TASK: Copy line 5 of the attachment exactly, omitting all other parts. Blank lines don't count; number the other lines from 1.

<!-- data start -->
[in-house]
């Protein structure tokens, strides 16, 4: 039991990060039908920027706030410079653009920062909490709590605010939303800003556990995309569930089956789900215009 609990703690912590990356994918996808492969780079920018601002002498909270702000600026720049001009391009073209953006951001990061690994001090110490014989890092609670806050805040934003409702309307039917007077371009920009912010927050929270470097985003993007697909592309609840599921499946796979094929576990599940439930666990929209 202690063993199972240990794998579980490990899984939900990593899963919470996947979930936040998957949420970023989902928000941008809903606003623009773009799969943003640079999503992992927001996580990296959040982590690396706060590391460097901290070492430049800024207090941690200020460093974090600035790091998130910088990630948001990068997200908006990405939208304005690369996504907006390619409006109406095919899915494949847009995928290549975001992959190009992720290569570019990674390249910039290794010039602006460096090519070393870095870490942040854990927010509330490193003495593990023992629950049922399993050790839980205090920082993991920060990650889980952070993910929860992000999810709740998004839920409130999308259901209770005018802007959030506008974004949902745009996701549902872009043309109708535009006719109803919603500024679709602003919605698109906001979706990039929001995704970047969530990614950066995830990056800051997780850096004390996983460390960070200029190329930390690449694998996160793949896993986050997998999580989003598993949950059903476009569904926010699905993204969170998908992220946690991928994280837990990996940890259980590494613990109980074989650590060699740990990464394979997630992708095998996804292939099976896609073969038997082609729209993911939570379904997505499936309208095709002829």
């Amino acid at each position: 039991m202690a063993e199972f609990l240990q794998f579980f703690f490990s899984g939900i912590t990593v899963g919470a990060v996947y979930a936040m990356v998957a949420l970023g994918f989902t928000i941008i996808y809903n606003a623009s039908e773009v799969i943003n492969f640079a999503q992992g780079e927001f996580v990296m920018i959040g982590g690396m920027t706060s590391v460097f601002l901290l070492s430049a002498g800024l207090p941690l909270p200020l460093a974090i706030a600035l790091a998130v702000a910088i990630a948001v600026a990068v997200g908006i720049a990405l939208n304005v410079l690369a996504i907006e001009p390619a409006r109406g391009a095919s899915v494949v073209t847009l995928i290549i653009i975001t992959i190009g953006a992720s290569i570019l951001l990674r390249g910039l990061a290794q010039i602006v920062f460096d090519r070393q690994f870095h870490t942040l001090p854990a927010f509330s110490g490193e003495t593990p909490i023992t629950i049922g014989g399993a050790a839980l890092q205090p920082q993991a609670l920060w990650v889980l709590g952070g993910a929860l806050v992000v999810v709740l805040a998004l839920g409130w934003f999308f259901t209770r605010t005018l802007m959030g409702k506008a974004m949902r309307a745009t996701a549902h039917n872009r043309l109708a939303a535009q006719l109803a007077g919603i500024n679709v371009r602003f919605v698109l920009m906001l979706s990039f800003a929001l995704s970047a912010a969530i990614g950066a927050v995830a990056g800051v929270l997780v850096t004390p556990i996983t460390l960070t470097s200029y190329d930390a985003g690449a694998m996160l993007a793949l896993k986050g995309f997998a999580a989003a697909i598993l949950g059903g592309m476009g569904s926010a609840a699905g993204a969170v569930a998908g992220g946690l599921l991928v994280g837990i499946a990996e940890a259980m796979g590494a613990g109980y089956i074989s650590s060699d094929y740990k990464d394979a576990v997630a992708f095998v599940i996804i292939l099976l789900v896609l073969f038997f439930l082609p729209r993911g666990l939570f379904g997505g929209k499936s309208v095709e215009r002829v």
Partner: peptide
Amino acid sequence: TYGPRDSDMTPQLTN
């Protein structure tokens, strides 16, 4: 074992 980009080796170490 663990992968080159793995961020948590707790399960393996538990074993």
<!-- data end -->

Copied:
Amino acid sequence: TYGPRDSDMTPQLTN